Paper £20 note

We first issued our paper £20 note in 2007. It features the economist Adam Smith.

Key facts

A new polymer £20 note was issued on 20 February 2020

Don’t worry, you can still use the paper £20 note for now

We’ll give you 6 months’ notice of the date you’ll no longer be able to use the paper £20


Front of the note


Back of the note

Explore our paper £20 note

Drag the note or use the slider to find out about the features on the note

Hologram

The images change between a ‘£’ symbol and the number ‘20’ when the note is tilted.

Watermark

When held up to the light, there is a bright '£20' at the top of the Queen's portrait.

Foils

There are alternating images of Adam Smith. The number '20' is embossed over the foil strip.

Ultra-violet features

Under ultra-violet light, the number '20' appears in bright red and green, against a duller background.

Metallic thread

A metallic thread appears as silver dashes on the back. When held up to the light, the thread appears as a continuous dark line.

Historical character

Adam Smith was an economist, philosopher and writer.

Artwork

Images of factory workers.

Quote

‘The division of labour in pin manufacturing: (and the great increase in the quantity of work that results)' is from one of Smith's most famous books.

Size

The higher the value of a note, the larger it is. This note is approximately 149mm x 80mm.

Copyright symbols

The international copyright symbol is on the front and back of the note.

Unique numbering

The numbers and letters in the vertical serial number are all the same height and colour. The horizontal serial number is multi-coloured and increases in height from left to right.

Print quality

The printed lines and colours on the note are sharp, clear and free from smudges or blurred edges.

Print quality

The value of the note is written in tiny letters and numbers below the Queen’s portrait. This is visible with a magnifying glass.

See-through register

Coloured shapes are printed on the front and back of the note, that combine to form a '£' symbol when held up to the light.

Raised print

You can feel raised print on the words ‘Bank of England’ and in the bottom right corner, around the number ‘20’.

Key security features

Focus on these two key security features to help confirm that your notes are genuine:

Hologram image change

Tilt the note from side to side. Check the images change between a '£' symbol and the number '20'.

Bright 20 in the watermark

 

Hold the note up to the light. Check there is a bright '£20' at the top of the Queen's portrait.

Other security features

Foils

There are alternating images of Adam Smith along the foil strip.  The position of foil patches can vary on notes. To the right of the Chief Cashier’s signature, the number '20' is embossed over the foil strip.

Feel of paper and raised print

The note is printed on special paper that gives it a unique feel.  On the front of the note, you can feel raised print. For example, on the words ‘Bank of England’ and in the bottom right corner, around the number '20'.

Ultraviolet features

Under a good quality ultra-violet light, the number '20' appears in bright red and green on the front of the note, against a duller background. You can see bright red and green flecks on both the front and back of the note.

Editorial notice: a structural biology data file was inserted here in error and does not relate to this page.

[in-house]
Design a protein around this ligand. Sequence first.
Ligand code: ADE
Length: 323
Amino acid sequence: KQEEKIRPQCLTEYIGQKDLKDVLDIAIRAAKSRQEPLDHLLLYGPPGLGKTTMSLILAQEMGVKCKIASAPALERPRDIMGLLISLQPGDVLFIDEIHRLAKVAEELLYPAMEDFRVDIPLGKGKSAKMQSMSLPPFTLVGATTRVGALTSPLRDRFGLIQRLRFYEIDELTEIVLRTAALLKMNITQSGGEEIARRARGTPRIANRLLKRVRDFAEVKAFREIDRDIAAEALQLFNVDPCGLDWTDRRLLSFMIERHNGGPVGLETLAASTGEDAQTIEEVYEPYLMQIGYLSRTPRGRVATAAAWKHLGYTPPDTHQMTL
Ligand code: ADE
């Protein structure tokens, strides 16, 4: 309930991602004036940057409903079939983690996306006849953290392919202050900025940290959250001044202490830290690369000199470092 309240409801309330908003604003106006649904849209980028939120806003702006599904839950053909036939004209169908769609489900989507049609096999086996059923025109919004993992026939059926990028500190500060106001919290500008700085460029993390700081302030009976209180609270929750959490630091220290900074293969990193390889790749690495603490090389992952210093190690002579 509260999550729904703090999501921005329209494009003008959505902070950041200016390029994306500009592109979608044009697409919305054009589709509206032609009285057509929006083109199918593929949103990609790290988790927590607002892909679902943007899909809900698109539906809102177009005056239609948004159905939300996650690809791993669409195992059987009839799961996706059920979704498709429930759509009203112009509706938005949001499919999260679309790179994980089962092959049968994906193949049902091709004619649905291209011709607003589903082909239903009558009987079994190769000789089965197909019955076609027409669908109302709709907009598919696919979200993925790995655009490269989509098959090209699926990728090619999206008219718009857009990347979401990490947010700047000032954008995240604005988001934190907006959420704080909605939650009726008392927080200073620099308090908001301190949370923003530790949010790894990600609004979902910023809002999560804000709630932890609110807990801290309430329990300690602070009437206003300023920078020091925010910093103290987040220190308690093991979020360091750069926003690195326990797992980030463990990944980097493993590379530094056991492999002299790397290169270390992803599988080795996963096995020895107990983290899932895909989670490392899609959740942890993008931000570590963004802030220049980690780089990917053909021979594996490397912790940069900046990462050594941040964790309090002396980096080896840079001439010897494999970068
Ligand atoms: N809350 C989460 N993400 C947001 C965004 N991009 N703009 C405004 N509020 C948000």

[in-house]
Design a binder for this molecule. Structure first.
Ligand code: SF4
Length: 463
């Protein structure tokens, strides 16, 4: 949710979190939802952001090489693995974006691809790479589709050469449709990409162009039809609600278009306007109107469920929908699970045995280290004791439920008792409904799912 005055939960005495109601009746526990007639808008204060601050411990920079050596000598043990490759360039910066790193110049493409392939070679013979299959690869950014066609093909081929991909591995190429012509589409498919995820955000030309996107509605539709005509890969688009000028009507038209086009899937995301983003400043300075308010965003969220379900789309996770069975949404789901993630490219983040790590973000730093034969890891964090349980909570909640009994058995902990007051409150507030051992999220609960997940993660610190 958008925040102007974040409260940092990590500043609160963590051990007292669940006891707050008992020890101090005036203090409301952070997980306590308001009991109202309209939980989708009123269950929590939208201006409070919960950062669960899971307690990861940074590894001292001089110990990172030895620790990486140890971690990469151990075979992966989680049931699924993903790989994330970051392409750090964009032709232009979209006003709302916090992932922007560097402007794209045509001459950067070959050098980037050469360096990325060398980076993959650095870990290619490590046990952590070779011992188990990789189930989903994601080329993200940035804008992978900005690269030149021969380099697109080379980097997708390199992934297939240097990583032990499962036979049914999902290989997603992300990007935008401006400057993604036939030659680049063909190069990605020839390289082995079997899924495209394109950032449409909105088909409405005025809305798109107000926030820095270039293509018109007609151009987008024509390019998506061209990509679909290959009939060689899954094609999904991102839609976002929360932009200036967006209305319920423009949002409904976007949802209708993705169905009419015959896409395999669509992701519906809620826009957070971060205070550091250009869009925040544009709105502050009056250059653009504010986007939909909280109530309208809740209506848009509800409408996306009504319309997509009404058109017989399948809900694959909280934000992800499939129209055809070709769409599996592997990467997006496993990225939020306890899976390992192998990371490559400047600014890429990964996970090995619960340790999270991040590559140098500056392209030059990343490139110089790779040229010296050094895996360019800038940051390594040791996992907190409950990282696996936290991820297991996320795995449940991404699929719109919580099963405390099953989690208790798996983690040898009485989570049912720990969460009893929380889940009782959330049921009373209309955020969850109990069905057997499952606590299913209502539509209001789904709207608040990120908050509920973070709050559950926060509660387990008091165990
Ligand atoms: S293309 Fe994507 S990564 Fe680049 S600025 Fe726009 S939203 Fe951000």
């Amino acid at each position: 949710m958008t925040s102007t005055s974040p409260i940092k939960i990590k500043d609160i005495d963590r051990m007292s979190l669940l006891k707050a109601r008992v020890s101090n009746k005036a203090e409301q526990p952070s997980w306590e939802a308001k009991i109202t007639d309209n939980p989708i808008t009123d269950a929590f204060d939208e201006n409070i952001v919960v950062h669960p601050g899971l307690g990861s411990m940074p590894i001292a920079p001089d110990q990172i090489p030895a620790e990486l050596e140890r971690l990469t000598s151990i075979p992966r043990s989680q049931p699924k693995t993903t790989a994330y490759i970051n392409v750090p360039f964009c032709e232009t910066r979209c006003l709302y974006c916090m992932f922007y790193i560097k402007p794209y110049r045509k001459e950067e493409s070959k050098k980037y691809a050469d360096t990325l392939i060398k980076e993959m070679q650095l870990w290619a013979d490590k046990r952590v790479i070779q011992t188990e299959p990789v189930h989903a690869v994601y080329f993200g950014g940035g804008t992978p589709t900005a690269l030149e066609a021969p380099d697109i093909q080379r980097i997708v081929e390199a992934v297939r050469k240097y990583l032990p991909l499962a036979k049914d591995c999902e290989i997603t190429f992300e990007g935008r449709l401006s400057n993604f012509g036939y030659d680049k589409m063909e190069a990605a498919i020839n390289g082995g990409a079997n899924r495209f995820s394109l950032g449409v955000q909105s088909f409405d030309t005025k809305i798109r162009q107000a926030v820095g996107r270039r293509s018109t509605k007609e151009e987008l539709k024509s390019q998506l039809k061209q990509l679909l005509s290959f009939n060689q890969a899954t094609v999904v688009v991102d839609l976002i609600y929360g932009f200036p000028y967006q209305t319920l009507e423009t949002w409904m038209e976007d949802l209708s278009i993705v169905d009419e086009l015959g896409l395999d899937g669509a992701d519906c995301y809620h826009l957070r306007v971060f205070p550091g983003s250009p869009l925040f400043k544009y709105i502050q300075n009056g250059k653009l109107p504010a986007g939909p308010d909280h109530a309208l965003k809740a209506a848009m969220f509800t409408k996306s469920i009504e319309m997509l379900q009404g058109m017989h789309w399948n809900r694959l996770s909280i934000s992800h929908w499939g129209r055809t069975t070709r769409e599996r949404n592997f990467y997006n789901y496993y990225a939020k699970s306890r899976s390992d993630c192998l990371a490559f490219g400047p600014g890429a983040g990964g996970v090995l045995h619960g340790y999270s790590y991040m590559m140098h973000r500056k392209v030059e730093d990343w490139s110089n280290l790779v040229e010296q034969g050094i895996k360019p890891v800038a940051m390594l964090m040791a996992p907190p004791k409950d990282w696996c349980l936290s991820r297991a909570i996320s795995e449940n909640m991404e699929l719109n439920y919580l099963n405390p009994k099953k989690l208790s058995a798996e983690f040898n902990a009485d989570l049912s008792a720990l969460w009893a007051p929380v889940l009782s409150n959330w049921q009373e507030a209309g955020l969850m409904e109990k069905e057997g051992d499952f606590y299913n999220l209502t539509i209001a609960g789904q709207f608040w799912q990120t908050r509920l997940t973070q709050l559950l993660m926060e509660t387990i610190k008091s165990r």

Metallic thread

A metallic thread is embedded in the note and appears as silver dashes on the back.  When the note is held up to the light, the thread appears as a continuous dark line.

Print quality

The printed lines and colours on the note are sharp, clear and free from smudges or blurred edges. If you use a magnifying glass, you will see the value of the note written in small letters and numbers below the Queen's portrait.

See-through register

Coloured shapes are printed on the front and back of the note, below the signature of the Chief Cashier. These shapes combine to form a '£' symbol when the note is held up to the light.

Design features

Size

The higher the value of a note, the larger it is. This note is approximately 149mm x 80mm.

Unique numbering

A unique serial number is printed horizontally and vertically on the back of the note. The horizontal number is in the bottom right corner. It is made up of multi-coloured letters and numbers, which increase in height from left to right. The vertical number runs down the left-hand side and the numbers and letters are the same height and colour.

Copyright symbols

The international copyright symbol is included on the front of the note, to the left of the foil strip and on the back, below the ‘Bank of England’ text.

Historical character

Adam Smith was an economist, philosopher and writer.

Artwork

There are images of factory workers on the back of the note. In one of Smith's most famous books: ‘An inquiry into the nature and causes of the wealth of nations’, he used the example of workers in a pin factory to describe the benefits of division of labour.

Quote

‘The division of labour in pin manufacturing: (and the great increase in the quantity of work that results)' is a quote from one of Smith's most famous books: 'An inquiry into the nature and causes of the wealth of nations’. In this book, Smith used the example of workers in a pin factory to describe the benefits of division of labour.

Exchanging old notes

On 20 February 2020 we issued a new polymer £20 note.

You will still be able to use the paper £20 note until we withdraw it from circulation. We will announce the withdrawal date after we have issued our new polymer £20 note. We will give six months’ notice of this withdrawal date.

Many banks will accept withdrawn notes as deposits from customers. The Post Office may also accept withdrawn notes as a deposit into any bank account you can access at the Post Office. And, you can always exchange withdrawn notes with us.

Current notes

This page was last updated 29 May 2020
Was this page useful?
Add your details...